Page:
Don't get me wrong. I love the effect of quilting, I love that I make quilts, but they require so much stitch for me to feel they are done that this becomes a slow process, one that's too slow for me. I need something that will keep my work fresh and the answer lies in new techniques and speed of execution.

I still love hand stitching. I nearly always piece by hand, but these activities are reserved for my evenings when I'm making things to have around the home. Those projects are clearly divided in my mind from my 'work'.

Of course the answer is simple, instead of my obsessional approach to everything, a healthy balance is what's required. By making use of digital stitch and exploring all the creative potential that that offers will give me a rest from working freehand and I'm sure before long, I'll be back to it...maybe.

If you've got to the end of this rambling post, thanks for reading!
Back soon,


  1. Thanks for explaining your thoughts about this, Laura. I am always so inspired by your work and this definitely makes me appreciate digital in a different way. Keep posting those beautiful close-ups of your quilts. Happy weekend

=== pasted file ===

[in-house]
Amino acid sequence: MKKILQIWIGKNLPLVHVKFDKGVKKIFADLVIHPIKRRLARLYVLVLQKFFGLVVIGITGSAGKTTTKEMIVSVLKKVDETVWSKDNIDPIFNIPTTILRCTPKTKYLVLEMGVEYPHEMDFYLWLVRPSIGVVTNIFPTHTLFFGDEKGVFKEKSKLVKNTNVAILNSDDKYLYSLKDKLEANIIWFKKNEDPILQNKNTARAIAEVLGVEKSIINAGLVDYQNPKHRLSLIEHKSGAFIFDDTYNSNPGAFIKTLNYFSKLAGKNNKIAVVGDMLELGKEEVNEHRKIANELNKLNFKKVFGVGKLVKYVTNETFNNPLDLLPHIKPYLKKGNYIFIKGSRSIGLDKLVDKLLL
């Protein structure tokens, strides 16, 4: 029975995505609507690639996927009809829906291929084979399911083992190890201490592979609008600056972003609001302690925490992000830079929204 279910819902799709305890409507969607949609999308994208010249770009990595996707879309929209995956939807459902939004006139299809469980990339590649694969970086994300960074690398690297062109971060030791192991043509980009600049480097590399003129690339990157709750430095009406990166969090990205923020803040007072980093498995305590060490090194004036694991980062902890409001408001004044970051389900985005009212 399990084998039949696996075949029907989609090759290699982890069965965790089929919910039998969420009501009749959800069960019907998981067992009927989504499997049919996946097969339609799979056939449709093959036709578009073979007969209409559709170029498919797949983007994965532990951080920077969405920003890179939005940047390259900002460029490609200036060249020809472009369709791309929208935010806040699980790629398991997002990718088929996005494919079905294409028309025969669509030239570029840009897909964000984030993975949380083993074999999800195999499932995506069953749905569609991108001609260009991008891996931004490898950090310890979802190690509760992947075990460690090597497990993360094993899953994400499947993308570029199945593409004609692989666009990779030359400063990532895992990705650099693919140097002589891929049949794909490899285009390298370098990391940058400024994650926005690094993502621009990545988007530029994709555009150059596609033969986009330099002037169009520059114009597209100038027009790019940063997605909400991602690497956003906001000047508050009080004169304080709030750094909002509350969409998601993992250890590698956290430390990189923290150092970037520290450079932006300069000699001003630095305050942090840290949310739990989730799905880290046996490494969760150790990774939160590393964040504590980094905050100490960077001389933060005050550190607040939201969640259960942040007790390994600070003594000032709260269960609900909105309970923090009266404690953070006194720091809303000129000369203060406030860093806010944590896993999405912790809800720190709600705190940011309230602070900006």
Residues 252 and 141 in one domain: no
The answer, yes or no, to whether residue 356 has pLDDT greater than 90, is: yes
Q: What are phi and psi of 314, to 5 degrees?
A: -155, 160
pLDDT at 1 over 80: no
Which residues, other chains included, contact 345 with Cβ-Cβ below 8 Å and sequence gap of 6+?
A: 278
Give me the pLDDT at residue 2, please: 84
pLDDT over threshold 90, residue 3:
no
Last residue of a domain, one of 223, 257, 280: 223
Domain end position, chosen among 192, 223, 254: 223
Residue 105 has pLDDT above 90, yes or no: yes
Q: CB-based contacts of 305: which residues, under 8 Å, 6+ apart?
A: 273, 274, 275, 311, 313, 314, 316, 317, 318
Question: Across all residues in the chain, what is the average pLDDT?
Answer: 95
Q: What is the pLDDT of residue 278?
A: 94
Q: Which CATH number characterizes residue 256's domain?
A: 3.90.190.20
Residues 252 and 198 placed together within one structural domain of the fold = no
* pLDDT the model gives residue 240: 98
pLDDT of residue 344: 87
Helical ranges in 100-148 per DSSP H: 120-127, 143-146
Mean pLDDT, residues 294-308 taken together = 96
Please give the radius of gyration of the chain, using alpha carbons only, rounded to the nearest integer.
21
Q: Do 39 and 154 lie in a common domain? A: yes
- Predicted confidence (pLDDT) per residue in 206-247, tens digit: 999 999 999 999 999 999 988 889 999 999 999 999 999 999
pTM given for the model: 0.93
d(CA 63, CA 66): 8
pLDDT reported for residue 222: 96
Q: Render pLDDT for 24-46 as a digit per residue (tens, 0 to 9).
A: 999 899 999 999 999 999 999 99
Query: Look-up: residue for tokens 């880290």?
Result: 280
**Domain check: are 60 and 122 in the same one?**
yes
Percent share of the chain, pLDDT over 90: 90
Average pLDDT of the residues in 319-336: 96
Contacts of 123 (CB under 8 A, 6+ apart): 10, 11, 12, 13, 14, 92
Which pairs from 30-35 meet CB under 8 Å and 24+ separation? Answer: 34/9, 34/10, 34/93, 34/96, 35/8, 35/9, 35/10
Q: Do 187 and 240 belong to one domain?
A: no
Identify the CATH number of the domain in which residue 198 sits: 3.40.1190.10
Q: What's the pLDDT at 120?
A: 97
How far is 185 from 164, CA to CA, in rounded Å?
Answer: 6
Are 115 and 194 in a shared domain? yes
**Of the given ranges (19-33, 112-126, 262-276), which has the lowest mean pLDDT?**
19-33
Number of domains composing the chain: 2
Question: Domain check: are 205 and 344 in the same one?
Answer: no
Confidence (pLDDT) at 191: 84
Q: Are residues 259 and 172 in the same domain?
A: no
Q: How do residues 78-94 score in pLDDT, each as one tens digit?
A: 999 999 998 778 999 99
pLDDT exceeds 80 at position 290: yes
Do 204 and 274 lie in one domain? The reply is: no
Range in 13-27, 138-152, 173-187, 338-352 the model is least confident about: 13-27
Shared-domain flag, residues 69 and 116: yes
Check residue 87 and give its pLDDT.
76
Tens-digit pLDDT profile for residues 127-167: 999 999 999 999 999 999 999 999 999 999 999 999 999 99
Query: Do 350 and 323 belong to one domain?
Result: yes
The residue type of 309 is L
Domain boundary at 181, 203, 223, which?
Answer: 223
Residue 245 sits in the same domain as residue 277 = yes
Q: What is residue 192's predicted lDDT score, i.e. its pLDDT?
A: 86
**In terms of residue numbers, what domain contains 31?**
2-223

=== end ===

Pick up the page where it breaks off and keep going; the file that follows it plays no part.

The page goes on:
2. Makes a lot of sense to me!

  3. Laura, I think so much of what you say is true in other media as well. I do a lot of Photoshop "art" and many argue that an image is not art if done on the computer. But I think art is whatever the maker decides it is, and whatever tools she wants to use is up to her. A hundred years ago no one had acrylic paint, yet now it is an accepted medium. Times change and tools change with it and if one is creating that is all that matters...Janet in Tennessee

  4. It is all talent! And you have that talent...to even come up with a design to stitch by machine is more than I could ever think of doing! Kudo's to you!!! And you're still an inspiration to us all (as is your mother).